Immunodominant liver-specific expression suppresses transgene-directed immune responses in murine pompe disease.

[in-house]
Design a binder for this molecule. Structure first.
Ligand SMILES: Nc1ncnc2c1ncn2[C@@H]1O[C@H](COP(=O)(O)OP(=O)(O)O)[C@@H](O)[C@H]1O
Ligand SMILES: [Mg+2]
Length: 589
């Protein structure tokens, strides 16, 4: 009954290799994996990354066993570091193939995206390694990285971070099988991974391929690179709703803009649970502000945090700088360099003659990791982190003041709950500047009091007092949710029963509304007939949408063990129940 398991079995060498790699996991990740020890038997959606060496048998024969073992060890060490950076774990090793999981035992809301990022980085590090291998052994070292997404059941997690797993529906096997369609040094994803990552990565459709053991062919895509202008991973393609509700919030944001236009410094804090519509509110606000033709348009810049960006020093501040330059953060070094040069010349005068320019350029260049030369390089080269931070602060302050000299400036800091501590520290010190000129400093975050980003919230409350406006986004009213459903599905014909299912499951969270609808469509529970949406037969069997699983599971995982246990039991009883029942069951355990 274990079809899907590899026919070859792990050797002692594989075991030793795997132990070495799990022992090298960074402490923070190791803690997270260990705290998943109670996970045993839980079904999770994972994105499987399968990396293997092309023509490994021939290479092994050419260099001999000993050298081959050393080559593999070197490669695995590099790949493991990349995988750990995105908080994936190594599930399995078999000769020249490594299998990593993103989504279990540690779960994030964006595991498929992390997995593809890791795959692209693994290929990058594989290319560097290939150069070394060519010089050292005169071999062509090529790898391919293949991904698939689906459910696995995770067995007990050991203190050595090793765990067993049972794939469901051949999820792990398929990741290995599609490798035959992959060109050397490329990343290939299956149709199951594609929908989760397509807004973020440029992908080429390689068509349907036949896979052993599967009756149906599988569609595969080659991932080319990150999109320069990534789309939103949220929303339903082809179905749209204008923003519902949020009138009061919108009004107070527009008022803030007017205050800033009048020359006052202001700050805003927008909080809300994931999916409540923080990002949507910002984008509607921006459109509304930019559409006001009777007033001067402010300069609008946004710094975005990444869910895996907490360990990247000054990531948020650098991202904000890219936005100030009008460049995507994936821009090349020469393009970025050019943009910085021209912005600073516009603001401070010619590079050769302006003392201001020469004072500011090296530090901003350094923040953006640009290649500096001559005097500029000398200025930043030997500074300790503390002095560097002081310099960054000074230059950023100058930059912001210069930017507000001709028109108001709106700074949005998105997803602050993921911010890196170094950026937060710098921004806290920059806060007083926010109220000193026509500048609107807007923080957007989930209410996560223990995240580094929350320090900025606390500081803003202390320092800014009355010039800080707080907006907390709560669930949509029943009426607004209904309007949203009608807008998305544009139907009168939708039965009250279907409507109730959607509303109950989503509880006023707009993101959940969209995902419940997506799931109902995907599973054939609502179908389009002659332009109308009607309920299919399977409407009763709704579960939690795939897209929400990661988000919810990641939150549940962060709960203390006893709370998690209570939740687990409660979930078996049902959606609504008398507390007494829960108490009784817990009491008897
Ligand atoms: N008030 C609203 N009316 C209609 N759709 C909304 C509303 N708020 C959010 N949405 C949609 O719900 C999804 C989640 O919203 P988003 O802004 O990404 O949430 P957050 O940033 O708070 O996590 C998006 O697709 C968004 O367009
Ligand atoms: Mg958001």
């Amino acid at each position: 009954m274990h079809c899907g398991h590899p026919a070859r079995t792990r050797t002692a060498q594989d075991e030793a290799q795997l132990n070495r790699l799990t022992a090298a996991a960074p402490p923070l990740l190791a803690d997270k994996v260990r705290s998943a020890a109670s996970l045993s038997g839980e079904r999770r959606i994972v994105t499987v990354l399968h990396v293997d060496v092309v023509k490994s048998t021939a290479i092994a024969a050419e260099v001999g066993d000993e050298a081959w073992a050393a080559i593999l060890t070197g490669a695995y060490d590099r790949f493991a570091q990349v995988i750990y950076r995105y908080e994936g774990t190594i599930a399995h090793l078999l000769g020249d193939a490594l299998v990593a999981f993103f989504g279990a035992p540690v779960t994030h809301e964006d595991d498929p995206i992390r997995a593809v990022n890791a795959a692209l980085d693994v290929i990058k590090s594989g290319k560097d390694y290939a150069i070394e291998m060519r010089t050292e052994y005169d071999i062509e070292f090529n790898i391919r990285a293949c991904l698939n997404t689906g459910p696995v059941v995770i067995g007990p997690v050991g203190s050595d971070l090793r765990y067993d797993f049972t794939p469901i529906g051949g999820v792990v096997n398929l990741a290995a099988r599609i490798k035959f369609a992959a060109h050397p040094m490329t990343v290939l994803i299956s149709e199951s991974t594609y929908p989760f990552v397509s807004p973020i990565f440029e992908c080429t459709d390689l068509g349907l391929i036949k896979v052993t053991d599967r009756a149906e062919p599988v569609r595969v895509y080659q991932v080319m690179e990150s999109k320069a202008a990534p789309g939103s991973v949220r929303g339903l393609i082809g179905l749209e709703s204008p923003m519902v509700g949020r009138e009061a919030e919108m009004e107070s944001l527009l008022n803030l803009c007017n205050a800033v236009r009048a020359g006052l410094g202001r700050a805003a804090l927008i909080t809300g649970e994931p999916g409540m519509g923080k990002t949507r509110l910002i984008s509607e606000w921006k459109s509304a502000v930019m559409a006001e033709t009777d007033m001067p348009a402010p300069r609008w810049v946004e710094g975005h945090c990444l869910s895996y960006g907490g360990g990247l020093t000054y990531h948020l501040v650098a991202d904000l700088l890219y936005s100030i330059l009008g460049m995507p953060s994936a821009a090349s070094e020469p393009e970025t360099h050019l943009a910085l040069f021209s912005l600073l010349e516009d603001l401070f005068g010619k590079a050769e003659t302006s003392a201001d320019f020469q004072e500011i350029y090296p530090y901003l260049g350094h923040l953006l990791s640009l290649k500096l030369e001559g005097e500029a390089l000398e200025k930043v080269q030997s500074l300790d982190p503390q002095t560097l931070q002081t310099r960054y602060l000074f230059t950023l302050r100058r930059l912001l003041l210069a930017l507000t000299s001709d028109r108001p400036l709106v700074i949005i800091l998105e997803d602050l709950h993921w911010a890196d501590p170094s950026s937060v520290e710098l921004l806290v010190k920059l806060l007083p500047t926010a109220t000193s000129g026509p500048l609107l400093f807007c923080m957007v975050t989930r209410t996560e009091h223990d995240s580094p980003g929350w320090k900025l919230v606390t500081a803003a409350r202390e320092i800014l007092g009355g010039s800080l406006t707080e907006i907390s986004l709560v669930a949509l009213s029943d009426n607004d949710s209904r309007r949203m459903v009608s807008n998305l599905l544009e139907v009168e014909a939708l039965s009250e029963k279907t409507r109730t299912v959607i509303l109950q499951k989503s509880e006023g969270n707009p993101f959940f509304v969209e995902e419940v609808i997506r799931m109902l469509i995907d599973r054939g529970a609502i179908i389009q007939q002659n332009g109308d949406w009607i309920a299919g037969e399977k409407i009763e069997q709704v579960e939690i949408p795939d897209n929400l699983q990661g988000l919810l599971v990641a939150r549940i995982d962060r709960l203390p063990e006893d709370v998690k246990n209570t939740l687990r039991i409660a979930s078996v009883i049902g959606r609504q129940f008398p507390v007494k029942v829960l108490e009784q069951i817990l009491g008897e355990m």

The advent of novel adeno-associated virus (AAV) serotype vectors with higher transduction activity has encouraged a re-evaluation of the merits of this delivery platform for a variety of diseases. We report here that administration of a recombinant AAV8-based serotype vector encoding human alpha-galactosidase A into Fabry mice facilitated more rapid and significantly higher levels of production of the enzyme than an AAV2 vector. This translated into improved clearance of globotriaosylceramide, the glycosphingolipid that accumulates in the lysosomes of affected Fabry cells, and to correction of the peripheral neuropathy shown associated with this disease. The higher levels of alpha-galactosidase A expression also allowed for a more rapid induction of immunotolerance to the enzyme. Recombinant AAV8 vectors that facilitated hepatic-restricted expression of high levels of alpha-galactosidase A conferred immunotolerance to the expressed enzyme as early as 30 days post-treatment. Animals expressing lower levels of the hydrolase, such as those treated with an AAV2-based vector or with lower doses of the AAV8-based vector, were also able to develop immunotolerance, but only after a more extended time period. Adoptive transfer of T cells isolated from the spleens of immunotolerized mice suppressed the formation of antibodies in naïve recipient animals, suggesting the possible role of regulatory T cells in effecting this state.